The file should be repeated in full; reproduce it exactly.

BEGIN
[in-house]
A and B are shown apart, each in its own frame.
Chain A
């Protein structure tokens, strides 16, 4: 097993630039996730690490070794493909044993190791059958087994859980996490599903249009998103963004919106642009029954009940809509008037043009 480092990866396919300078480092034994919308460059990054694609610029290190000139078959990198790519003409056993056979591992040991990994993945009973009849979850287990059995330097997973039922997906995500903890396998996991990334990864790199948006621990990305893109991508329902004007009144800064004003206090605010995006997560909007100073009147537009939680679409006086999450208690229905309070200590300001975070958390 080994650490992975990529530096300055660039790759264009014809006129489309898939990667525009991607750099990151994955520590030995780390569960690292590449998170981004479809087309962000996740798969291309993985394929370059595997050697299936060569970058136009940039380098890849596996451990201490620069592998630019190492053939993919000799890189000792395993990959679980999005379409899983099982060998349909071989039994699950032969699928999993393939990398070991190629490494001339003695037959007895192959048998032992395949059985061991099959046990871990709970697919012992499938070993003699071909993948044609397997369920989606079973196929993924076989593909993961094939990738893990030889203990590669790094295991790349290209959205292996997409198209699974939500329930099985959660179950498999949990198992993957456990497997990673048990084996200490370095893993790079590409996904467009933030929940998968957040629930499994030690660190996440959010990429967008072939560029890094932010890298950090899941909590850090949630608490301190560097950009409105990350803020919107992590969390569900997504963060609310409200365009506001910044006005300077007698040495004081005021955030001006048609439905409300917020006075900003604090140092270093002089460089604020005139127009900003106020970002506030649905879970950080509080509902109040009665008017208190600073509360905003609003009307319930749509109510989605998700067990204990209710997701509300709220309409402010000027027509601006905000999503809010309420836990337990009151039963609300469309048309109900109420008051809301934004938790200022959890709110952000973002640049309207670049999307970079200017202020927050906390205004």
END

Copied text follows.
[in-house]
A and B are shown apart, each in its own frame.
Chain A
């Protein structure tokens, strides 16, 4: 097993630039996730690490070794493909044993190791059958087994859980996490599903249009998103963004919106642009029954009940809509008037043009 480092990866396919300078480092034994919308460059990054694609610029290190000139078959990198790519003409056993056979591992040991990994993945009973009849979850287990059995330097997973039922997906995500903890396998996991990334990864790199948006621990990305893109991508329902004007009144800064004003206090605010995006997560909007100073009147537009939680679409006086999450208690229905309070200590300001975070958390 080994650490992975990529530096300055660039790759264009014809006129489309898939990667525009991607750099990151994955520590030995780390569960690292590449998170981004479809087309962000996740798969291309993985394929370059595997050697299936060569970058136009940039380098890849596996451990201490620069592998630019190492053939993919000799890189000792395993990959679980999005379409899983099982060998349909071989039994699950032969699928999993393939990398070991190629490494001339003695037959007895192959048998032992395949059985061991099959046990871990709970697919012992499938070993003699071909993948044609397997369920989606079973196929993924076989593909993961094939990738893990030889203990590669790094295991790349290209959205292996997409198209699974939500329930099985959660179950498999949990198992993957456990497997990673048990084996200490370095893993790079590409996904467009933030929940998968957040629930499994030690660190996440959010990429967008072939560029890094932010890298950090899941909590850090949630608490301190560097950009409105990350803020919107992590969390569900997504963060609310409200365009506001910044006005300077007698040495004081005021955030001006048609439905409300917020006075900003604090140092270093002089460089604020005139127009900003106020970002506030649905879970950080509080509902109040009665008017208190600073509360905003609003009307319930749509109510989605998700067990204990209710997701509300709220309409402010000027027509601006905000999503809010309420836990337990009151039963609300469309048309109900109420008051809301934004938790200022959890709110952000973002640049309207670049999307970079200017202020927050906390205004």